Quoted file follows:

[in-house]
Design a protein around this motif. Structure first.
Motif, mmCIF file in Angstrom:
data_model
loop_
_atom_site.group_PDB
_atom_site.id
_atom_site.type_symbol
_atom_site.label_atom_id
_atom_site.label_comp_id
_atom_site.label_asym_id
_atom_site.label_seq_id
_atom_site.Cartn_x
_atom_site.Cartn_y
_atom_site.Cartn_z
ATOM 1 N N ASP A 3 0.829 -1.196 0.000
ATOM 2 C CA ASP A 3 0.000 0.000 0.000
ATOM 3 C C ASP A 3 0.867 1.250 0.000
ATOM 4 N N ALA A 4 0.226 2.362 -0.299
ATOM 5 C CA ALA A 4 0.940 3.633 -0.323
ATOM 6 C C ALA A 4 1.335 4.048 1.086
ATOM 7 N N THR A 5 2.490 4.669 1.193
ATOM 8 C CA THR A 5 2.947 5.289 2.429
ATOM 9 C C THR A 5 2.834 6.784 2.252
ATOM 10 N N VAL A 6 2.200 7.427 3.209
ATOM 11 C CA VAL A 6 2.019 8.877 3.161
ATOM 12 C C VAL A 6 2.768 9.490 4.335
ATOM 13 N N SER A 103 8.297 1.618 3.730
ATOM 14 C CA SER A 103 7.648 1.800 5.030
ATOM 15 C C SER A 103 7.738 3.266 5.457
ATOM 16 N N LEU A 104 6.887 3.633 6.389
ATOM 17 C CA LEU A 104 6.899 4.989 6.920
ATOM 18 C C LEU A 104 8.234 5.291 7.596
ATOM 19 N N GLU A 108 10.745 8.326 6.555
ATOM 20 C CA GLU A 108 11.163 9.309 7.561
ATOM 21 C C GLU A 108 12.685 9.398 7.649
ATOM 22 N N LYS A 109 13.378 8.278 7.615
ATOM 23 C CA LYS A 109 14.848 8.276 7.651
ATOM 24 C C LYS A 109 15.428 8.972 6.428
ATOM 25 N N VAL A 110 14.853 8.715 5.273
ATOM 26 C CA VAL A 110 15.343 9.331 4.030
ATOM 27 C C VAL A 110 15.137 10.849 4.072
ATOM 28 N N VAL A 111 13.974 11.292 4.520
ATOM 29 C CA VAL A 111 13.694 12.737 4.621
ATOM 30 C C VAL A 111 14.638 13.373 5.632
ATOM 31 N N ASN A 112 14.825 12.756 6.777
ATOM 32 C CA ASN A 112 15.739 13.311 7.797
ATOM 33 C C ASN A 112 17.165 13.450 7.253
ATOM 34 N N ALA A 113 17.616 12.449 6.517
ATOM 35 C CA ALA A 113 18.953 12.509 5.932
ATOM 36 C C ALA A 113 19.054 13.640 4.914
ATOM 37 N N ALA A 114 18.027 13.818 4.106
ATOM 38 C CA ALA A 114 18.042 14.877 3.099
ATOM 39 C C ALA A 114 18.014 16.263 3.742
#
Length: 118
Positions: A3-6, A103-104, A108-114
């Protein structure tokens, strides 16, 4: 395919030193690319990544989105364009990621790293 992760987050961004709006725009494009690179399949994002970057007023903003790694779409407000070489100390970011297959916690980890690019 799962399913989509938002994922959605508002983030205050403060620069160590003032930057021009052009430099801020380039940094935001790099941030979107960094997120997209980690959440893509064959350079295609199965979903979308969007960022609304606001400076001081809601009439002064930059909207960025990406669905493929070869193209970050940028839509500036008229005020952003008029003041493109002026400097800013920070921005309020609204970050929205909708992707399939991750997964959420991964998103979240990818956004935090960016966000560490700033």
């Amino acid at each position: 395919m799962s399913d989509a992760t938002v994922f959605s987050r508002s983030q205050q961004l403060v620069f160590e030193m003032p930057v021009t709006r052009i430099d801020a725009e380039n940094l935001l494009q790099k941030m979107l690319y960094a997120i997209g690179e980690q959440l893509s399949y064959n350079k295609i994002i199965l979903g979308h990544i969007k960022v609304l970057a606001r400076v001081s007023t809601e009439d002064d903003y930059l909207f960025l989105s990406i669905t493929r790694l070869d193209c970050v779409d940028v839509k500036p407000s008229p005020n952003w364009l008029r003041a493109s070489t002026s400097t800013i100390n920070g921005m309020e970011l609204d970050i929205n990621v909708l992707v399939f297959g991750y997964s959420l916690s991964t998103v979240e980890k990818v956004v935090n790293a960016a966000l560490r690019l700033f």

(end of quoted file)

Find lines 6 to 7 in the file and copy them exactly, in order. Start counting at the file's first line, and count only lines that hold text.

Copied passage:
_atom_site.group_PDB
_atom_site.id